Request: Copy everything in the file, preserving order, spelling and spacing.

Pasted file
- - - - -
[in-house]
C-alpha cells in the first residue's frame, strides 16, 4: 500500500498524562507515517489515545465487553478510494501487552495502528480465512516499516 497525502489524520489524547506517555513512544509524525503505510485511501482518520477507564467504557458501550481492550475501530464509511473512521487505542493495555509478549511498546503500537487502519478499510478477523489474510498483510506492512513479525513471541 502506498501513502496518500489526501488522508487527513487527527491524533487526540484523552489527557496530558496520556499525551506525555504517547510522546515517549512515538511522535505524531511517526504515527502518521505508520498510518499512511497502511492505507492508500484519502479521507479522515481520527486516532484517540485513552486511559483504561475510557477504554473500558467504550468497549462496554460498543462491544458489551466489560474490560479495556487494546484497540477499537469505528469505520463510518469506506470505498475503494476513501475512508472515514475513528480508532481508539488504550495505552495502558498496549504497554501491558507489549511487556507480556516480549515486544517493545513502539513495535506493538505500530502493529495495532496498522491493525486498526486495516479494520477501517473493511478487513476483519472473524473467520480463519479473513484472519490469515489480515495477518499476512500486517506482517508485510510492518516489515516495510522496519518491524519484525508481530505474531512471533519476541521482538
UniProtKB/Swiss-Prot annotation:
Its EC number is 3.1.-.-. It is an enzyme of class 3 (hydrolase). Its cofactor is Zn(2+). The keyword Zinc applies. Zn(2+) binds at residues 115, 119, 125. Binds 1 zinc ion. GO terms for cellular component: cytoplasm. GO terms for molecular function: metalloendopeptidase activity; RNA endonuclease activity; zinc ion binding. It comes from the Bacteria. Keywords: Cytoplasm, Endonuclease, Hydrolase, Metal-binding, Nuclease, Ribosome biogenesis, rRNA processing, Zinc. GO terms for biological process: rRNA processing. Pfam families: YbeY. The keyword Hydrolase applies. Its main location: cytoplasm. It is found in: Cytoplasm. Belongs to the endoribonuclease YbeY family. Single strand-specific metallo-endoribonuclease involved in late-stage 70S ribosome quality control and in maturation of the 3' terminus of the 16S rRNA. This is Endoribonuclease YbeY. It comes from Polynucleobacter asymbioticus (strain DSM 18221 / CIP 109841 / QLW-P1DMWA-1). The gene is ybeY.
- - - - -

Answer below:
[in-house]
C-alpha cells in the first residue's frame, strides 16, 4: 500500500498524562507515517489515545465487553478510494501487552495502528480465512516499516 497525502489524520489524547506517555513512544509524525503505510485511501482518520477507564467504557458501550481492550475501530464509511473512521487505542493495555509478549511498546503500537487502519478499510478477523489474510498483510506492512513479525513471541 502506498501513502496518500489526501488522508487527513487527527491524533487526540484523552489527557496530558496520556499525551506525555504517547510522546515517549512515538511522535505524531511517526504515527502518521505508520498510518499512511497502511492505507492508500484519502479521507479522515481520527486516532484517540485513552486511559483504561475510557477504554473500558467504550468497549462496554460498543462491544458489551466489560474490560479495556487494546484497540477499537469505528469505520463510518469506506470505498475503494476513501475512508472515514475513528480508532481508539488504550495505552495502558498496549504497554501491558507489549511487556507480556516480549515486544517493545513502539513495535506493538505500530502493529495495532496498522491493525486498526486495516479494520477501517473493511478487513476483519472473524473467520480463519479473513484472519490469515489480515495477518499476512500486517506482517508485510510492518516489515516495510522496519518491524519484525508481530505474531512471533519476541521482538
UniProtKB/Swiss-Prot annotation:
Its EC number is 3.1.-.-. It is an enzyme of class 3 (hydrolase). Its cofactor is Zn(2+). The keyword Zinc applies. Zn(2+) binds at residues 115, 119, 125. Binds 1 zinc ion. GO terms for cellular component: cytoplasm. GO terms for molecular function: metalloendopeptidase activity; RNA endonuclease activity; zinc ion binding. It comes from the Bacteria. Keywords: Cytoplasm, Endonuclease, Hydrolase, Metal-binding, Nuclease, Ribosome biogenesis, rRNA processing, Zinc. GO terms for biological process: rRNA processing. Pfam families: YbeY. The keyword Hydrolase applies. Its main location: cytoplasm. It is found in: Cytoplasm. Belongs to the endoribonuclease YbeY family. Single strand-specific metallo-endoribonuclease involved in late-stage 70S ribosome quality control and in maturation of the 3' terminus of the 16S rRNA. This is Endoribonuclease YbeY. It comes from Polynucleobacter asymbioticus (strain DSM 18221 / CIP 109841 / QLW-P1DMWA-1). The gene is ybeY.